Ecosystem Restoration

At a time when tackling the climate crisis could not be more critical, President Biden’s Bipartisan Infrastructure Law is a major investment in the conservation and stewardship of America’s public lands that will lead to better outdoor spaces and habitats for people and wildlife for generations to come. This transformational law will build on proven, nature-based projects, programs, and partnerships to protect cherished wildlife and nature resources while creating good-paying union jobs to strengthen communities.    

The law’s $1.4 billion for Ecosystem Restoration and Resilience is a significant down payment in protecting our shared natural heritage. With these resources, the Department of the Interior will collaborate with states, Tribes and local communities to invest millions of dollars annually to restore habitat connectivity for aquatic species around the country and advance habitat restoration, invasive species control, conservation of at-risk and listed species and benefits to several significant ecosystems, including:  

  • Delaware River Basin conservation efforts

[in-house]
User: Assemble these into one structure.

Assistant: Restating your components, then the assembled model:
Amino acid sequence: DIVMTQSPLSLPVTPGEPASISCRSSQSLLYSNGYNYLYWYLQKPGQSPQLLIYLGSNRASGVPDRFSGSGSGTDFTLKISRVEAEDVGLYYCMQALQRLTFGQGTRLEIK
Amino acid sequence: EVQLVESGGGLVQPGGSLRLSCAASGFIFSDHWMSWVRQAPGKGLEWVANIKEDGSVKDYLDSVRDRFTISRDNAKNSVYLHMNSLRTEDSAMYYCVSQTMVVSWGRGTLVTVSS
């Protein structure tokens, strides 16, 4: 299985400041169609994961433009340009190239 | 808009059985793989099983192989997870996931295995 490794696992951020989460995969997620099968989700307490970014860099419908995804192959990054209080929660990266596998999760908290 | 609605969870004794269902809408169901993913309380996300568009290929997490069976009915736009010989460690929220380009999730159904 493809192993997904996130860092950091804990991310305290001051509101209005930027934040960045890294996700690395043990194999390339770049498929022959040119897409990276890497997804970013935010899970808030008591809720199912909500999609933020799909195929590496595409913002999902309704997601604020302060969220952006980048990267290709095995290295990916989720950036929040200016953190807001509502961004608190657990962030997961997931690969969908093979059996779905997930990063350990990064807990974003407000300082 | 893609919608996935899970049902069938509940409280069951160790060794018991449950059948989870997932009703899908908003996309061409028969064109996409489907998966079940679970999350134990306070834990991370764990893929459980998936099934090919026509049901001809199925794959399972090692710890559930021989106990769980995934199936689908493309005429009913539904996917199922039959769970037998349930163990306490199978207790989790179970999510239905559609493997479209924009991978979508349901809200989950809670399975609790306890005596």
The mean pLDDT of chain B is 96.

• Klamath Basin restoration activities  
  • Aquatic invasive species control in Lake Tahoe  
  • Sagebrush steppe ecosystem restoration in western states 
  • Building the institutional architecture for a coordinated early detection and rapid response framework that will have a meaningful impact on invasive species management across the nation
  • Removing barriers to fish and wildlife passage throughout the country via the National Fish Passage Program

Additionally, this funding will support the work of the Department and our conservation partners as we tackle the climate crisis while advancing environmental justice and boosting local economies. The Bipartisan Infrastructure Law also includes:  

  • $400 million for states, Tribes and territories to participate in voluntary restoration efforts
  • $100 million to address invasive species 
  • $250 million to the Bureau of Reclamation to establish a new aquatic ecosystem restoration program and protection projects to improve habitat 
  • $100 million to improve watershed health 
  • $70 million to implement a national revegetation effort 
  • $50 million for ecological health restoration on federal lands 
  • $50 million for Colorado River endangered species recovery and conservation programs
  • $45 million to improve resilience of recreation sites on federal lands 


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